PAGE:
A lot has happened; not enough time to share

I’ve been so busy, so I haven’t had a chance to post a blog for a while as you’ve probably picked up on. Anyway, lots has happened from climbing outdoors to chocolate and waffle eating to learning more about how relaxed academics are compared to back home in the States. So, I’ll try not to ramble too much.

Wicklow National Park – Glendalough

Let me preface this with the fact that I’m not much of a drinker; I’ll taste drinks, but I don’t go overboard. The Irish, on the other hand, are big drinkers, so it has been an interesting dynamic, but I have never felt the pressure to drink if I don’t want to.

All 120 of us board two charter busses to take off for Glendalough. Not even 5 minutes after the bus began to move, people were already beginning to drink. This trip through the Outdoor Pursuits Club (OPC) is basically a party all weekend. Between the bathroom stops, traffic, and the fact we were in charter busses, the drive took about 4hrs… I was so ready to get off the bus and sleep by the time we got to the hostel. Did that happen? Nope. I ended up hanging out and socializing with friends for a little. When I say “a little,” I mean it ended up being 3am before we went to bed… oops.

The next morning we woke up and Tailor and I joined a small group of our OPC friends bouldering rather than going with the GIANT group on a hike. Granted, the pictures from the hike were gorgeous, so it’s a bummer we missed that. But, I had a great time playing around on some small overhangs because all of the boulders were wet. I did manage to do a great beached whale top out, but sadly got stuck in the beached whale position (couldn’t get up or down) until my spotters boosted my foot slightly. Oops!

That evening was the “Valentine Ball” (aka everyone dressed up in varying levels of formal attire and most people got quite drunk if they weren’t already super drunk). I had a little bit to drink, but definitely not anything compared to others. This was my first time being to a pub with that many drunk people; it was definitely a new experience, but I had fun hanging out and socializing with friends (and people watching).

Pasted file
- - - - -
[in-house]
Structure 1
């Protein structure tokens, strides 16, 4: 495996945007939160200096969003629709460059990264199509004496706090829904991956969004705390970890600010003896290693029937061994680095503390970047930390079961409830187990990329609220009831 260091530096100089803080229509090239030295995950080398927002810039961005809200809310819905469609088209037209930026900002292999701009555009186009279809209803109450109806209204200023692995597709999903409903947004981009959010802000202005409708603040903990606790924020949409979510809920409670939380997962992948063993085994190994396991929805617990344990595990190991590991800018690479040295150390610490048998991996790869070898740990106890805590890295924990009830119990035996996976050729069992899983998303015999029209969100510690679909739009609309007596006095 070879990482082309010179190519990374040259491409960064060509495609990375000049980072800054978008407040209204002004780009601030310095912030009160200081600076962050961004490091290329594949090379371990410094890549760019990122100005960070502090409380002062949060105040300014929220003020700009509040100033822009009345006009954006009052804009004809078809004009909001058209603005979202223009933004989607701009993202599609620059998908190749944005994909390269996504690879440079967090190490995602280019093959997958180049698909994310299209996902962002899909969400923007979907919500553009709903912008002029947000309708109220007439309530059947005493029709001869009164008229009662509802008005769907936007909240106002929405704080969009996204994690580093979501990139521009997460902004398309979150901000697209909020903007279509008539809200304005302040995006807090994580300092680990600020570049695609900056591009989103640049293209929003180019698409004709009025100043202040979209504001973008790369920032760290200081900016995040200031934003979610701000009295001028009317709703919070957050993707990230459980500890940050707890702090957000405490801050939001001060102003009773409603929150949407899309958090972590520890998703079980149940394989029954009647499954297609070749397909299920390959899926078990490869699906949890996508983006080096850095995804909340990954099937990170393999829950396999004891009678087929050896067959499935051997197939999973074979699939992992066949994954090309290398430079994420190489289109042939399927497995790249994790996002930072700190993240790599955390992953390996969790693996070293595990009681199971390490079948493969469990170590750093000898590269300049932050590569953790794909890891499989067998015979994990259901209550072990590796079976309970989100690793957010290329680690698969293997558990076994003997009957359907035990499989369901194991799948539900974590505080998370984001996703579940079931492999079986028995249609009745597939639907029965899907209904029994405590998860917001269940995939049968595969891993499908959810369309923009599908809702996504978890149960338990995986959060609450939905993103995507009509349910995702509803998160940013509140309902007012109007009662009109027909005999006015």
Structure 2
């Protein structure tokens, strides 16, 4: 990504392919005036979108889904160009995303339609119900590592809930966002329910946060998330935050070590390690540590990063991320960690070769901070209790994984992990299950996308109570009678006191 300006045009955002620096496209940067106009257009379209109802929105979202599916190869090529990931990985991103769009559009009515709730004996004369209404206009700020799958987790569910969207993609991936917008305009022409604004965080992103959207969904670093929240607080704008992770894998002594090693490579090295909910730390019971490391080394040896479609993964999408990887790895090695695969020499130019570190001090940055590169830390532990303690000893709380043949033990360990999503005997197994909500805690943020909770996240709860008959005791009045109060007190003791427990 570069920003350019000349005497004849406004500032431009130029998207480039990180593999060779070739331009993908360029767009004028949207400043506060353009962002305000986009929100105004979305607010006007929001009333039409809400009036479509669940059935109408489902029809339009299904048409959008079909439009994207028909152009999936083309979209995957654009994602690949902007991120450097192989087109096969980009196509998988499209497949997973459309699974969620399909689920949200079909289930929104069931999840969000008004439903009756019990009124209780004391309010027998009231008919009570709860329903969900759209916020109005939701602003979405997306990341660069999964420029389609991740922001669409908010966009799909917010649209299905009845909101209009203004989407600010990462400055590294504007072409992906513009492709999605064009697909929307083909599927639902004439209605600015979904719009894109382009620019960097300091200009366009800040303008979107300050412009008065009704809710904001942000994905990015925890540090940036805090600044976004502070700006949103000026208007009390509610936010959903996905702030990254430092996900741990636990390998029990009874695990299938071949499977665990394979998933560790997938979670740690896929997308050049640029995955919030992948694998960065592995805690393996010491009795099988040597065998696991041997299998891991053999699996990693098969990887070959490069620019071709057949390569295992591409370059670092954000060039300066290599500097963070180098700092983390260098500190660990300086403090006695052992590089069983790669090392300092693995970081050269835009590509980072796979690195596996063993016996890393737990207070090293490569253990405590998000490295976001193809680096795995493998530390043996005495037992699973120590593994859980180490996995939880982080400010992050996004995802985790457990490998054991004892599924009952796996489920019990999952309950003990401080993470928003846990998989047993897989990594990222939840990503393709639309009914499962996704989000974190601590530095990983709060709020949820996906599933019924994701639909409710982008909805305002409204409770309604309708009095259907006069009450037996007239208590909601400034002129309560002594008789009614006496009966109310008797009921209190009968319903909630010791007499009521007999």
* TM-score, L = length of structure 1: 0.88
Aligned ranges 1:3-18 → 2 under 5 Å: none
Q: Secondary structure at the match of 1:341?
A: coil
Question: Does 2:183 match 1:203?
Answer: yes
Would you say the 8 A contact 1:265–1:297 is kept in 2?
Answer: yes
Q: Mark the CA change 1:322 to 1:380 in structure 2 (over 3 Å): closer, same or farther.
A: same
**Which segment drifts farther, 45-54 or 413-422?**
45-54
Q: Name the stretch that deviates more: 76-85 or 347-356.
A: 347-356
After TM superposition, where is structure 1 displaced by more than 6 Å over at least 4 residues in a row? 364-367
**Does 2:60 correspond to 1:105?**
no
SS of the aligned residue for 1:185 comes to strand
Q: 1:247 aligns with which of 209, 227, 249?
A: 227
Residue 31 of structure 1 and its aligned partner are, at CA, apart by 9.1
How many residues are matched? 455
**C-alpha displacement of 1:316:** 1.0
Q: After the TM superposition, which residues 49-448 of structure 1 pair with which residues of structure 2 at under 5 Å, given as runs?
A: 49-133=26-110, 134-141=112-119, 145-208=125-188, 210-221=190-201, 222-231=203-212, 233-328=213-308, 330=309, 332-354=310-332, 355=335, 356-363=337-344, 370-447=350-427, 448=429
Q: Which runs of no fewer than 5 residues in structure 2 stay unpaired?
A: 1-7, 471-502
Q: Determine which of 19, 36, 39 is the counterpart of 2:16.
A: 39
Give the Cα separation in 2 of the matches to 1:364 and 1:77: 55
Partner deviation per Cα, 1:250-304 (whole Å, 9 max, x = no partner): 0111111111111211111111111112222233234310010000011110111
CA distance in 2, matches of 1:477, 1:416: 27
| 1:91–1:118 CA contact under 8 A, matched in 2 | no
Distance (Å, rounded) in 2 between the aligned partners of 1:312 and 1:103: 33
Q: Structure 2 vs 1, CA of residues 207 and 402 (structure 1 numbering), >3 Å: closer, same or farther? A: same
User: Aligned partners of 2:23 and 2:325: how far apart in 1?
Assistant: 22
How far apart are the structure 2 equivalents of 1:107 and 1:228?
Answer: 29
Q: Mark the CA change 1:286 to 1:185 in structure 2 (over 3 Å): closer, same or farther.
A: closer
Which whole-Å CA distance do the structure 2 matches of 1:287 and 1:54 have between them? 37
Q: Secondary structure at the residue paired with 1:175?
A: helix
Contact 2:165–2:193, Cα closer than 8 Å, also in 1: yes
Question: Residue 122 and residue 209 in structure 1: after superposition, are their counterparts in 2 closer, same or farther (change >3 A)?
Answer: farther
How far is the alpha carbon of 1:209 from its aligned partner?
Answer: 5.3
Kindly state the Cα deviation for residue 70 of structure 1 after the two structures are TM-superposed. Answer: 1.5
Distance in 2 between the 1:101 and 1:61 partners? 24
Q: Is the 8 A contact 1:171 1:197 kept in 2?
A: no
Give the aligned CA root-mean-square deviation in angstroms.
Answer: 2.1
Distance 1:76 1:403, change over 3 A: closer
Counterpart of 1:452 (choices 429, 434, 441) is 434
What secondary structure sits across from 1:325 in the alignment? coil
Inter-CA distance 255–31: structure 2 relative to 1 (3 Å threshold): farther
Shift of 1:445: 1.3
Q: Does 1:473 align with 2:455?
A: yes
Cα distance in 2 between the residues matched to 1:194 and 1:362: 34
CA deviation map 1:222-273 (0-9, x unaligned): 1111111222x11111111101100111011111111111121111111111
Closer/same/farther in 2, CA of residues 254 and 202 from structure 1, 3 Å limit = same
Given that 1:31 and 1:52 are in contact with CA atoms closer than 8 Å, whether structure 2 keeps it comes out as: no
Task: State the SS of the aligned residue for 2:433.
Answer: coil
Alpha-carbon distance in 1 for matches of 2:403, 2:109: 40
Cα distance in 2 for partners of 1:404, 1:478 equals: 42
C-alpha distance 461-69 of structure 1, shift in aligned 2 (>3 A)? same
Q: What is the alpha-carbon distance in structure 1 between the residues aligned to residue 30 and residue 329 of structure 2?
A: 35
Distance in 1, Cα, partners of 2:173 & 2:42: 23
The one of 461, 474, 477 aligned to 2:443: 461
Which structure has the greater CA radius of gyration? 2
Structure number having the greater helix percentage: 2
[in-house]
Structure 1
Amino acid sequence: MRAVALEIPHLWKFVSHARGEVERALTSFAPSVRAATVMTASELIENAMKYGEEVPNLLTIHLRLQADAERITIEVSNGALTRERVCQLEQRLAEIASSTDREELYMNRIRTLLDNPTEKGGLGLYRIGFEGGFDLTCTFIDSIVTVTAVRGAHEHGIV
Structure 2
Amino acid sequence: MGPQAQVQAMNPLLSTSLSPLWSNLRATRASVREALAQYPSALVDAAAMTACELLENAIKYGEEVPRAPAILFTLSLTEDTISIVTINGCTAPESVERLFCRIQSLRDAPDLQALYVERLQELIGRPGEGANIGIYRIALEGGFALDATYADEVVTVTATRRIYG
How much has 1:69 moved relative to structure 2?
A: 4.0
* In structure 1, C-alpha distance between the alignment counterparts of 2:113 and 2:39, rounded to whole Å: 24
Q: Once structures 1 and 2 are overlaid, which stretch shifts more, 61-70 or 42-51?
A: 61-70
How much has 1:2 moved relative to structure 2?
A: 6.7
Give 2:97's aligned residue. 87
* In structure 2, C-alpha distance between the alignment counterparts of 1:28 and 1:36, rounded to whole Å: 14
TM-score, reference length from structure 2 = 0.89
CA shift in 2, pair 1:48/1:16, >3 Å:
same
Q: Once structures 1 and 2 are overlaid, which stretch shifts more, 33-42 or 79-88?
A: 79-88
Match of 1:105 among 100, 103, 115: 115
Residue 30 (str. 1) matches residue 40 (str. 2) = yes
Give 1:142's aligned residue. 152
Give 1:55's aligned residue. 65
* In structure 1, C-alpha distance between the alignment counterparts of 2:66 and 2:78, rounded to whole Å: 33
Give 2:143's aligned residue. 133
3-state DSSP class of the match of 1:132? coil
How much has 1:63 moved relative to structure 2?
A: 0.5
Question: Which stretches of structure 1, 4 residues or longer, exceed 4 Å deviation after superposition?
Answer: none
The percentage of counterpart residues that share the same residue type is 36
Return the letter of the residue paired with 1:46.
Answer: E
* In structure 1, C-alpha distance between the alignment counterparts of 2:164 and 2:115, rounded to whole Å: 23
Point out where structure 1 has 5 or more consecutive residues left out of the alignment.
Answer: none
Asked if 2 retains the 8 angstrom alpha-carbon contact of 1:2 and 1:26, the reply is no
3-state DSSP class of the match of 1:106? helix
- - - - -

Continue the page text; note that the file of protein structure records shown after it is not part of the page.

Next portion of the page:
The next morning, a few of us who had actually gotten sleep and weren’t hung over got an early start and found some more rocks to climb! It was nice being able to get on my first outdoor top rope since October!

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Eoghan, Me, Nala, Oisín – Top rope climbing!

2 Americans, a Belgian, and a Canadian walk into Brussels

So, my friend from the Mountaineers Day Camp and I ate our way through our weekend in Brussels and Bruges (carbs, carbs, and more carbs). If you are judging, I’ll put it out there that we walked about 40 miles that weekend. The weekend began with me flying on my own to a country where English is not the first language. Luckily for me, most people speak English despite the fact that most of the signs were not in English. Although, I wish I could speak French or Dutch so I didn’t feel quite so privileged.

Anyway, I managed to get on the correct train and then bus and find my hostel with only getting a little turned around. That evening I was planning on wandering by myself and taking photos. My friend, Carolyn, wasn’t arriving until the next morning. When walking to my room in the hostel, I met an American studying in Barcelona this semester whose friends weren’t arriving until very late that night. So, instead of exploring by myself, the two of us wandered around together. It always amazes me how much easier it is to meet strangers when traveling by yourself. Back in the states I am way less likely to strike up a conversation with a stranger, so it has been nice realizing how cool it is to meet other people and hear their stories; you can learn a lot about a person through a single conversation. Anyway, the two of us found a very tiny restaurant to eat dinner, resulting in the cramped space forcing us to meet the Belgian and Canadian who were sitting next to us. The four of us ended up hanging out and eating waffles after dinner. Who knew my intended evening of exploring by myself would turn into 2 Americans, a Belgian, and a Canadian eating waffles together in Brussels?